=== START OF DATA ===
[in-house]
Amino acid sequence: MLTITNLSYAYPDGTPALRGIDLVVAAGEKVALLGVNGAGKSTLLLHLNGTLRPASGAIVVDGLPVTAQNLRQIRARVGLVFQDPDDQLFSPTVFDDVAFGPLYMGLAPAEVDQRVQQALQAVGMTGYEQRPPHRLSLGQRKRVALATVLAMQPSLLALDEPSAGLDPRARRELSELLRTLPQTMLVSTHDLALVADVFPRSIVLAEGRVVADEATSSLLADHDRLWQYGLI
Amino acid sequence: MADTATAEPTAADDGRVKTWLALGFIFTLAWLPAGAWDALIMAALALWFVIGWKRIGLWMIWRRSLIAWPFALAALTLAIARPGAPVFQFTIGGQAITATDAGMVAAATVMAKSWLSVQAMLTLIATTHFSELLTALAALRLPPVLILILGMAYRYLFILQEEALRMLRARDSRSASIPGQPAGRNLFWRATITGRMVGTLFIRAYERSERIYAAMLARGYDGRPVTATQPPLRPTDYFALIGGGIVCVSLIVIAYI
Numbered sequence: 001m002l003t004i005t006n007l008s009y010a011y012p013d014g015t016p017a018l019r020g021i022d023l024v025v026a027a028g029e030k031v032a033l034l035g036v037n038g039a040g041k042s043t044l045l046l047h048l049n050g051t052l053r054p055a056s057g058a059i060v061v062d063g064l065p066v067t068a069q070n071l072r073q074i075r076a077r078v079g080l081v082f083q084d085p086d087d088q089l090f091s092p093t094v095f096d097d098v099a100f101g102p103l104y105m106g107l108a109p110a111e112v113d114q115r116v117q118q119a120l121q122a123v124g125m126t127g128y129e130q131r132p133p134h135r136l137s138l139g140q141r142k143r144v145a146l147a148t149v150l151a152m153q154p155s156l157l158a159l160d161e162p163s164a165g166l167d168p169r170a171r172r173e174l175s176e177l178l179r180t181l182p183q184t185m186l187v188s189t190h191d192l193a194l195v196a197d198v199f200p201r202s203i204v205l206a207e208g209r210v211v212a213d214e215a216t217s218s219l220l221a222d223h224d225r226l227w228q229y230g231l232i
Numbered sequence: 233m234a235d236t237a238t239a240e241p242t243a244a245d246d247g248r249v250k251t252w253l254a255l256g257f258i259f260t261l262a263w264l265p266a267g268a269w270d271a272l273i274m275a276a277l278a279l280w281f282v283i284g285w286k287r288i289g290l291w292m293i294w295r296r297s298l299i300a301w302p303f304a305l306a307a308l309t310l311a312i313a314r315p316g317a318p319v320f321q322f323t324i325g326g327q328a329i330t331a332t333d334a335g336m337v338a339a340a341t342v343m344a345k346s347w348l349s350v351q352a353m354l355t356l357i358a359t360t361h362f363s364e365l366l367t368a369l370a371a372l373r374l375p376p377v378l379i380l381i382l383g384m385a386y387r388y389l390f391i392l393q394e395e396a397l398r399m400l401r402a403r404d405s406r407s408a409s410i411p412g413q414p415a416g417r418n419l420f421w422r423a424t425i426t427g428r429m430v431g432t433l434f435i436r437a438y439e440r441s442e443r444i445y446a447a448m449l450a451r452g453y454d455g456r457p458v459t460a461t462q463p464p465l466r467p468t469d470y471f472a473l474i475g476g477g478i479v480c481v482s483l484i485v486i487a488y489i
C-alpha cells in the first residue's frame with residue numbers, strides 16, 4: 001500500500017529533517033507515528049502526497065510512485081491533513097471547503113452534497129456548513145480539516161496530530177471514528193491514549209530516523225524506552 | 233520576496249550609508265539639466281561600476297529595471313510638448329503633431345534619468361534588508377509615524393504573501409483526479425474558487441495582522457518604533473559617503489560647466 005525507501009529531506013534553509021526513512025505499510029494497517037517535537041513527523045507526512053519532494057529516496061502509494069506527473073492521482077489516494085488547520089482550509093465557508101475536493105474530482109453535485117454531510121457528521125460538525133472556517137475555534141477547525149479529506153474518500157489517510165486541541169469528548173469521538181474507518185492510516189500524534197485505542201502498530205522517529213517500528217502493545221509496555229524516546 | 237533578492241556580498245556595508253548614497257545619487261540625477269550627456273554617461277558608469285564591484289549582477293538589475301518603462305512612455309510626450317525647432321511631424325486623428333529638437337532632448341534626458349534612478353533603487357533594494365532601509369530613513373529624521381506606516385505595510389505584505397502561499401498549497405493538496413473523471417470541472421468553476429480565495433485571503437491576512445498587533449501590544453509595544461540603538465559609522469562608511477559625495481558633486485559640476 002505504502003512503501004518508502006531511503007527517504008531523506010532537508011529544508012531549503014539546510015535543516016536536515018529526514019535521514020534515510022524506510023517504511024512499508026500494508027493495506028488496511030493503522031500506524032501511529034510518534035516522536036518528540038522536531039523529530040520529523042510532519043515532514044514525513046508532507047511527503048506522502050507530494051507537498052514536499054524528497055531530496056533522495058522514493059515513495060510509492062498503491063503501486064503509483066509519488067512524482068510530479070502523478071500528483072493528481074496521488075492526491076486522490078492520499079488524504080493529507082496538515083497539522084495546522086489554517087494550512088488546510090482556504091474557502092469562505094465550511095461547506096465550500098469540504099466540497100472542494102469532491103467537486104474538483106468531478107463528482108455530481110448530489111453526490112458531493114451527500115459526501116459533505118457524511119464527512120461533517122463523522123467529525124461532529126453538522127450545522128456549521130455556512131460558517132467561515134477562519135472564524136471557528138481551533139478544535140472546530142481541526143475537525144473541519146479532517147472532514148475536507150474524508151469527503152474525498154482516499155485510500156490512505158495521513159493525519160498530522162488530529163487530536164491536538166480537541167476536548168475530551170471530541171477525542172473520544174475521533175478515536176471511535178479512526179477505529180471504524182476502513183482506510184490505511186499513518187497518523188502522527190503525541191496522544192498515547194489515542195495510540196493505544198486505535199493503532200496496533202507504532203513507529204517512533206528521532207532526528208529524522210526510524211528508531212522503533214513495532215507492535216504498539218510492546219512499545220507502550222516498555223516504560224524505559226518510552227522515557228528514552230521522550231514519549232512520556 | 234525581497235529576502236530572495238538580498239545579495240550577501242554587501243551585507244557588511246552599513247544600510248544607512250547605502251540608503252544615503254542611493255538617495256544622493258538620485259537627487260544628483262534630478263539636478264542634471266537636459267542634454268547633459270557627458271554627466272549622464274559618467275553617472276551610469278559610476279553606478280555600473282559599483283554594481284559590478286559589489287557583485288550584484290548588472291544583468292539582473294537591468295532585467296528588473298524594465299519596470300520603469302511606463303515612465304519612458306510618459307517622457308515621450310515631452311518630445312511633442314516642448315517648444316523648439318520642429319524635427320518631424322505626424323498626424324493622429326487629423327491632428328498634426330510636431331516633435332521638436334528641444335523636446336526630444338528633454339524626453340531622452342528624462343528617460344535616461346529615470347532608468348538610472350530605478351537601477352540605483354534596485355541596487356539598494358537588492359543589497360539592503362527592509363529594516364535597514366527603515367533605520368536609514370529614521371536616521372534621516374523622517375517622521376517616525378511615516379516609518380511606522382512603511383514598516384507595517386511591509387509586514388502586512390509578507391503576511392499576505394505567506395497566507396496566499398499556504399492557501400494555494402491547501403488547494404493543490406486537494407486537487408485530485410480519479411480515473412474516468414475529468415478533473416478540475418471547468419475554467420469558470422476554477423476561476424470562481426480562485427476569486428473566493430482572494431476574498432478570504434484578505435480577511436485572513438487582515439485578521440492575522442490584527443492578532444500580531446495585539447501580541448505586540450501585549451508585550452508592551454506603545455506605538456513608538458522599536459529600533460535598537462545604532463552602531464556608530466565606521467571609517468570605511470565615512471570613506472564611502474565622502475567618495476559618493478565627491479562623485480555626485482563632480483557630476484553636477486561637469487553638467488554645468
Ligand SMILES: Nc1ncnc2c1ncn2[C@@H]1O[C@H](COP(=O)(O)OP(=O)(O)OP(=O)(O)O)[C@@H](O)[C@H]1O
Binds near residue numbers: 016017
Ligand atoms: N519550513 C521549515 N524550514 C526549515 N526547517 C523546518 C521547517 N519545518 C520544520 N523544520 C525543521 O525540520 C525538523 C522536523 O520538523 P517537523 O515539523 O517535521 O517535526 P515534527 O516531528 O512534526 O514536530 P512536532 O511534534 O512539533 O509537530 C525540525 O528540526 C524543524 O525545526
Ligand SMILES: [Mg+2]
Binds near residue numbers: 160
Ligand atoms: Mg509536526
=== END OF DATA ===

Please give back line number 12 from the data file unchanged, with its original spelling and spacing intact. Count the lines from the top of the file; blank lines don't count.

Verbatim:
Ligand atoms: Mg509536526